This blog may be a week late, but it's never too late for Pancakes! Last week was Shrove Tuesday, and many of us tucked into our favourite kind of pancake. Whether your preference see you whip up some American buttermilk pancakes or an elegant French Crêpe, there are few desserts or puddings as enduring and as simply compelling as a pancake in whatever form it chooses.
So in honour of Shrove Tuesday or pancake day, we've whipped up some words, poured them into a frying pan, shimmied the mixture into a blog shape, attempted some poorly executed flips, and served this resulting blog onto your digital plates, with a topping of delicious pictures. Bon appetite!
The British Pancake
Go on then, let's kick our list of with Mr Traditional over here, the British pancake! I can recall coming home from school to the smell of a neatly cooking pancake, gently sizzling on the hob, filling the air with that homely smell of your regular flour, eggs and milk. Then, for the part that sparks debate: the topping. I'm a conservative pancake eater myself, there's nothing that fits a pancake better than good ol' lemon and sugar, and I won't have it any other way. I have granulated sugar as well, none of this caster nonsense. But to each their own, and this superb pancake can be had with Nutella, bananas, strawberries or anything really, the choice is yours!
The French Crêpe
Just over the channel, in the arrondissements of Paris, the promenades of the Côte d'Azur and in the foothills of Mont Blanc, the French have come up with one of the tastiest pancakes on the market. Not dissimilar to the British iteration, the Crêpe is more regularly flipped over into a handy wrap in contrast to the flat British pancake, and can often be eaten with a savoury filling such as cheese or ham. The actual recipe also differs slightly, with the small addition of sugar adding another level to the humble flat pancake. If you ever find yourself wandering a city in France, sampling a Crêpe is an absolute must.
The Eastern European Potato Pancake
A rogue entry perhaps, but one which deserves its place on our list. The potato pancake, originating in such places as Slovakia and the Czech Republic is a savoury number made of, well, potatoes. Fried in oil, the potato pancake is made up of a crunchy, crispy outward layer with a soft centre and is regularly regarded as a snack on the go. Combined with any variety of egg-based dip, this is one to munch down on during your walks around the Christmas markets of Bratislava or Prague, battling off the cold with some satisfying food.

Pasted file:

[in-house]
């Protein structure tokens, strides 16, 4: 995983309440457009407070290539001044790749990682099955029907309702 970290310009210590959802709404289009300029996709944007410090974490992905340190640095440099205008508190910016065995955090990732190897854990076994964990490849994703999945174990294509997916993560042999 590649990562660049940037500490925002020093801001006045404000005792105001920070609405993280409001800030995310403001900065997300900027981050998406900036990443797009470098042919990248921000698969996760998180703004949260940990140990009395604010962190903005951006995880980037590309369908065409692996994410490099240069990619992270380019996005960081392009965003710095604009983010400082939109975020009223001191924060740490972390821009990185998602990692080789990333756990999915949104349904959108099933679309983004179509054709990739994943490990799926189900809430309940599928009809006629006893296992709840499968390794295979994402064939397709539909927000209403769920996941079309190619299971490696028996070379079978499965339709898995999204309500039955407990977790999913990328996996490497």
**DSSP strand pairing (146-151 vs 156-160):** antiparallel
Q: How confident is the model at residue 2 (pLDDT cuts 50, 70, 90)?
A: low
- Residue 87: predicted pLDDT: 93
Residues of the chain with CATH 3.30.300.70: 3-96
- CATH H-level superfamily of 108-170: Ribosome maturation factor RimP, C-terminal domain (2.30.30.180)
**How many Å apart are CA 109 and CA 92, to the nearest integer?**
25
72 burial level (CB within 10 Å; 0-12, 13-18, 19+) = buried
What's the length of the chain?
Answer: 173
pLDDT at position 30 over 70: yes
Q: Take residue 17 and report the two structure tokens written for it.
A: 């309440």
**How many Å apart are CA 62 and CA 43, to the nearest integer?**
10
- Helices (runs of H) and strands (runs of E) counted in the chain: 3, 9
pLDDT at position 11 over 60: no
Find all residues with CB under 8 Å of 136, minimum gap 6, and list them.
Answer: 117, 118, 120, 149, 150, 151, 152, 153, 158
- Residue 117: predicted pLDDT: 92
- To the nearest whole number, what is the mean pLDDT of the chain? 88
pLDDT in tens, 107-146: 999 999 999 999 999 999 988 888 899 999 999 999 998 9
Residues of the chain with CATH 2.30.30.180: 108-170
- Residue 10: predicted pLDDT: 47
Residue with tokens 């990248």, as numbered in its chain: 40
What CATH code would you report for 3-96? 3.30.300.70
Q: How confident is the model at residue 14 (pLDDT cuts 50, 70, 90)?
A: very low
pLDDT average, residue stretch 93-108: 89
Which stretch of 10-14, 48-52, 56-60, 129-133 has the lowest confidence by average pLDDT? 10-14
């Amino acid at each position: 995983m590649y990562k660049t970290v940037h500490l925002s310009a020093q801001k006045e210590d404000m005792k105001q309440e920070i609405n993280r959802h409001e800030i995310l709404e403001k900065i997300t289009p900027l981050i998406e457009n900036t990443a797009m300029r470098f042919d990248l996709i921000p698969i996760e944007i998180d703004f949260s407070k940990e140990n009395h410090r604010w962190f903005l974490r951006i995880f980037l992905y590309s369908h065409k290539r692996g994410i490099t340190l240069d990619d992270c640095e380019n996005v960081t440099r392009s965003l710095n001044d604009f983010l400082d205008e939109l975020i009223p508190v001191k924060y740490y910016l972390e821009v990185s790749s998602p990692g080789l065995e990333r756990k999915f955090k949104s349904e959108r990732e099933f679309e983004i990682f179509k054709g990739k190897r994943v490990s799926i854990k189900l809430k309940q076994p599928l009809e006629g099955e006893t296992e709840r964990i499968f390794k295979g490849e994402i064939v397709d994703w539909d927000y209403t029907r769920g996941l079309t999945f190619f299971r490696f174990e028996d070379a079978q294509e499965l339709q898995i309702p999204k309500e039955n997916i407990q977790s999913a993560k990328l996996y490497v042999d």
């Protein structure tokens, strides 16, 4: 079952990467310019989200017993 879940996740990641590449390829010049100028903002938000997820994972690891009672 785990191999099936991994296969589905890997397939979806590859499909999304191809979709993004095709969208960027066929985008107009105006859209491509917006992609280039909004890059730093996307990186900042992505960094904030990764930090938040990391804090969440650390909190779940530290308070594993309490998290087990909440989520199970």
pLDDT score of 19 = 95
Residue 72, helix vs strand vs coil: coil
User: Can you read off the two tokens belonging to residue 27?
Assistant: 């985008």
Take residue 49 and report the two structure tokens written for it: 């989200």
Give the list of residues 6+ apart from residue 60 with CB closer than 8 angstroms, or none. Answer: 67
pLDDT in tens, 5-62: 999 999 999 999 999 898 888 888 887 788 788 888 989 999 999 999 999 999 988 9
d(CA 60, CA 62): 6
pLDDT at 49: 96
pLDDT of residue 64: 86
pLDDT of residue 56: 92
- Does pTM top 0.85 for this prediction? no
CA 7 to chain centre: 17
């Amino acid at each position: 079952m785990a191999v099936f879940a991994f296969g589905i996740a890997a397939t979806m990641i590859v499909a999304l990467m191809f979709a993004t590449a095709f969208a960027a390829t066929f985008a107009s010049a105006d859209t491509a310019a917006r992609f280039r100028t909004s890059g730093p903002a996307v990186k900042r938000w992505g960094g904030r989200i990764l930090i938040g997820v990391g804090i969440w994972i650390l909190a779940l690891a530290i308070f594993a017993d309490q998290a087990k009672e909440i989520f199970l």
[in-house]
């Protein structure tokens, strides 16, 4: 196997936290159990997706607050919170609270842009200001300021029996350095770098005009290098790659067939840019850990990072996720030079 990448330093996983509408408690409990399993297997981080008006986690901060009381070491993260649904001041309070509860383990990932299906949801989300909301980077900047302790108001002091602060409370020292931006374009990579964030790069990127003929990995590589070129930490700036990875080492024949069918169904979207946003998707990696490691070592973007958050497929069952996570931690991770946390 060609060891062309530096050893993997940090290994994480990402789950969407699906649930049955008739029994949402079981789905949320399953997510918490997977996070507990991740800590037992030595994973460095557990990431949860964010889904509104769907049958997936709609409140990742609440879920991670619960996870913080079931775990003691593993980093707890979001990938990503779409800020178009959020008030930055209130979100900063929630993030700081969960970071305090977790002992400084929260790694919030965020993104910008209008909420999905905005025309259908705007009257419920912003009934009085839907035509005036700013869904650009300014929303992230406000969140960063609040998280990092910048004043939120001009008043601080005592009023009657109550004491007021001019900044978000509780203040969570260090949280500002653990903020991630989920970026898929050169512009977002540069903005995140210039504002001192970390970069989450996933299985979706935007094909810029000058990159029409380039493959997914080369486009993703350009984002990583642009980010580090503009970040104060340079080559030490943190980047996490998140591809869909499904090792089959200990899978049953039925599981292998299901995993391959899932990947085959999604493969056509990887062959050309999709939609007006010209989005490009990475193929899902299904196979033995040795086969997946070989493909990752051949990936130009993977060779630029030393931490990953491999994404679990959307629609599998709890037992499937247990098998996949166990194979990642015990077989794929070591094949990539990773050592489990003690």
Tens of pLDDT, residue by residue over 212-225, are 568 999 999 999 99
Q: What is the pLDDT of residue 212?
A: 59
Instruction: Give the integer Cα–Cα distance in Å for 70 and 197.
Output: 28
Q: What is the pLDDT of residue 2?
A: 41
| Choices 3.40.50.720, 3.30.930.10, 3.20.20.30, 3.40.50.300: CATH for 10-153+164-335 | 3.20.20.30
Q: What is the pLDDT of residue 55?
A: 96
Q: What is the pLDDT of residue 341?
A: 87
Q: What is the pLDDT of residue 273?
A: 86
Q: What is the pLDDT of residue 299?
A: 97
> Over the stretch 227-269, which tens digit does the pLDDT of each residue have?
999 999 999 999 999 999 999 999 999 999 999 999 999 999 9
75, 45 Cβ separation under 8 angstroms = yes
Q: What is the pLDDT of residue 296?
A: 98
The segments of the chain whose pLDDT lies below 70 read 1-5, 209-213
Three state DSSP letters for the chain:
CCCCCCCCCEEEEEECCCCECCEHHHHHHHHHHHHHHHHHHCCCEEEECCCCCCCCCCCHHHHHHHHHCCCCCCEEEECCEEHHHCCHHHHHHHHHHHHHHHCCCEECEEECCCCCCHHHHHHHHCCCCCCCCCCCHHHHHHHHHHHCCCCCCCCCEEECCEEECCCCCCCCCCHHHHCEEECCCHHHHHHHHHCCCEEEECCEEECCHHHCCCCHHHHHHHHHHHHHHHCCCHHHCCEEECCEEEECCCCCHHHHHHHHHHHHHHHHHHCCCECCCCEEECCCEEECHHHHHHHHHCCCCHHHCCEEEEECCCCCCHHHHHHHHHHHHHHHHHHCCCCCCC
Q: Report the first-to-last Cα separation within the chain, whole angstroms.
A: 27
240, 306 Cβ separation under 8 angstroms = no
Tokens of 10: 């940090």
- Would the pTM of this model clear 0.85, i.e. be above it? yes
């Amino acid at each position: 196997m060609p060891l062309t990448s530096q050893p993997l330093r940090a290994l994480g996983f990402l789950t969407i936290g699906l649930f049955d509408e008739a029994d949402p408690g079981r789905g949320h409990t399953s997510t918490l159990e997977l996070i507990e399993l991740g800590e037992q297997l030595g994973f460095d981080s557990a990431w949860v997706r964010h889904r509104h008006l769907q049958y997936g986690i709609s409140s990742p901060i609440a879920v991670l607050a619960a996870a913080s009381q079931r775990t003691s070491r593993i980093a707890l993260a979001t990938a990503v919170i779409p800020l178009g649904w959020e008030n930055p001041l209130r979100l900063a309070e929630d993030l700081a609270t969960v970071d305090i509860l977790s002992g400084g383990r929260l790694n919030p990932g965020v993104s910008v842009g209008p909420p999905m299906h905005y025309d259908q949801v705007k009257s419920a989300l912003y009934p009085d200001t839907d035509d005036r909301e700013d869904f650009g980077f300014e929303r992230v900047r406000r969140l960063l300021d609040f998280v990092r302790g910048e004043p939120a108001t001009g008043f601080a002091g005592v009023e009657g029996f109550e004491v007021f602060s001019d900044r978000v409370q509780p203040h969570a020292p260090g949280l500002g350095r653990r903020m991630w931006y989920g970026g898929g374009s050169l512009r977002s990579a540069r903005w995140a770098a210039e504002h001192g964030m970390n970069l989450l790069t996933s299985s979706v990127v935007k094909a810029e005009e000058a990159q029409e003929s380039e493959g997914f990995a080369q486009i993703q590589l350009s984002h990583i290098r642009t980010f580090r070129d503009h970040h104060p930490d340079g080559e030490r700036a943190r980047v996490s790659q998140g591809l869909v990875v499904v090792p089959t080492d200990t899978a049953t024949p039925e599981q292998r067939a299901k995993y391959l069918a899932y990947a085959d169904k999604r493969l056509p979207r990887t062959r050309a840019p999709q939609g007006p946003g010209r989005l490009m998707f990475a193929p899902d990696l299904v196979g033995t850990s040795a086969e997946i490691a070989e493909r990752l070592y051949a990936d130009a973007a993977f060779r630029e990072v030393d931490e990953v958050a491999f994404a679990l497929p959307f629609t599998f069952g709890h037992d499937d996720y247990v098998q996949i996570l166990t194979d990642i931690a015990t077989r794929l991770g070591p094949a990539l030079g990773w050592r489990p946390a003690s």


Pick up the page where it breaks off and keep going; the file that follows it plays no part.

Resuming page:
The Japanese Okonomiyaki
A savoury pancake from the other side of the globe, the Okonomiyaki is a Japanese offering made up of a variety of ingredients but with a common base of flour and egg. Handily, the word okonomiyaki means 'How you like', which also forms part of the recipe, since you can throw pretty much anything you want into an okonomiyaki as long as you cook it like a pancake. Asparagus, broccoli, carrots, various meats, just go crazy with it! Layer it with some choice toppings, and you have yourself an okonomiyaki.
The Somlian Anjero
Down in the coastal nation of Somalia, the anjero is the pancake king. Made with sourdough, the light creations can be both savoury or sweet, combined with anything from meat stews to sugar and lemon. They're said to be akin to crumpets. Anjeros can also be left to ferment, normally for savoury dishes, leaving a little bit more bite to the taste. They can be a snack, a side order or a full-blown meal - this versatile pancake is one to remember for any occasion.
The American Pancake
The American classic, this pancake appears in adverts and on television, loaded into alluring piles on plates and drooling with syrup or chocolate or strawberries. It's an American institution by now, and is actually commonly eaten for breakfast, commonly with toast or bacon, or even eggs. The batter that goes into each one is similar to the British pancake with the noticeable difference being the raising agent which gives it that fluffy, plump texture. They're also given the names hotcakes or flapjacks and can be found in diners across all 52 states.
The Chinese Cong You Bing Pancake
Another savoury pancake, the Chinese Cong You Bing is made from dough primarily, and begs the question of whether it can actually be called a pancake at all. Those who have tried cong you bing often describe its flavour as chewy with crisp edges and it is often eaten as a snack or street food. Fillings can be anything really, with the pancake folded over vegetables or meat.